Response to a novel, weight self-awareness plan used in a multi-component lifestyle intervention programme to reduce breast cancer risk factors in older women – secondary analysis from The ActWELL trial

Suzanne M.M. Zaremba, Martine Stead, Jennifer McKell, Ronan E. O’Carroll, Nanette Mutrie, Shaun Treweek, Annie S. Anderson* (Corresponding Author)

*Corresponding author for this work

Research output: Contribution to journalArticlepeer-review

Abstract

Background: The ActWELL RCT assessed the effectiveness of a weight management programme delivered by volunteer lifestyle coaches (LC) in women attending breast clinics. The intervention focused on caloric intake and physical activity, utilising behavioural change techniques including a weight awareness plan (WAP). The current work is a secondary analysis of the ActWELL data and aims to examine the response to the weight self-awareness plan (used as part of the intervention programme).
Methodology The LCs invited participants (n=279) to undertake an implementation intention discussion to formulate a self-weighing (SW) plan. Bodyweight scales were offered, and recording books provided. The PA intervention focused on a walking plan assessed by accelerometers. The LCs contacted participants by telephone monthly and provided personalised feedback. Mann-Whitney tests and chi-squared analysis were used to examine the effect of SW on weight change. A qualitative evaluation utilising semi-structured interviews was also undertaken.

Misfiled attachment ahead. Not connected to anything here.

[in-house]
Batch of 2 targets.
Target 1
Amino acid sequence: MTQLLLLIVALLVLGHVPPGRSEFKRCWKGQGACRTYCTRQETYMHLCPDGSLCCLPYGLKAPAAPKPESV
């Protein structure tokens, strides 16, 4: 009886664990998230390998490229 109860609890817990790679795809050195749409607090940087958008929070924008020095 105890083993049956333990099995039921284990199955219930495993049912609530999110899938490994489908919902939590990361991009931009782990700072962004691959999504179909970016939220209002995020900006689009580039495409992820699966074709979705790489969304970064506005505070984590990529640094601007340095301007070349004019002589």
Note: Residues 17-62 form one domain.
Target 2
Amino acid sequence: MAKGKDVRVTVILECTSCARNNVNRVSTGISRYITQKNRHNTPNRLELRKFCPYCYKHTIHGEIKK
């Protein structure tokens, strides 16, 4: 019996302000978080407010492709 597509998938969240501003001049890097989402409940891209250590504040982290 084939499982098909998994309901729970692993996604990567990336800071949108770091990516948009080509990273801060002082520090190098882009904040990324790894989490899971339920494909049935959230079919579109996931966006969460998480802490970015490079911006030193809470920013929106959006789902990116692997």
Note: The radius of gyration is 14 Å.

Results: Most participants (96.4%) agreed to set a weekly SW goal and 76 (27%) requested scales. At 12 months, 226 (81%) returned for follow up. The median (IQR) weight change for those who self- reported at least one weight (n=211) was -2.3kg (-5.0, 0.0) compared to -1.2kg (-5.0, 0.03) in those who did not (n=14). Participants who reported weights on >8 occasions (39%) were significantly more likely (p=0.012) to achieve 5% weight loss compared to those who weighed less often. Low numbers of accelerometers were returned which did not allow for significance testing. Qualitative data (n=24) indicated that many participants found the WAP helpful and motivating.
Principal Conclusion: Greater adherence to the WAP initiated by volunteer coaches is associated with achieving 5% weight loss.
Original languageEnglish
JournalJournal of Human Nutrition and Dietetics
Early online date14 Jul 2022
DOIs
Publication statusE-pub ahead of print - 14 Jul 2022

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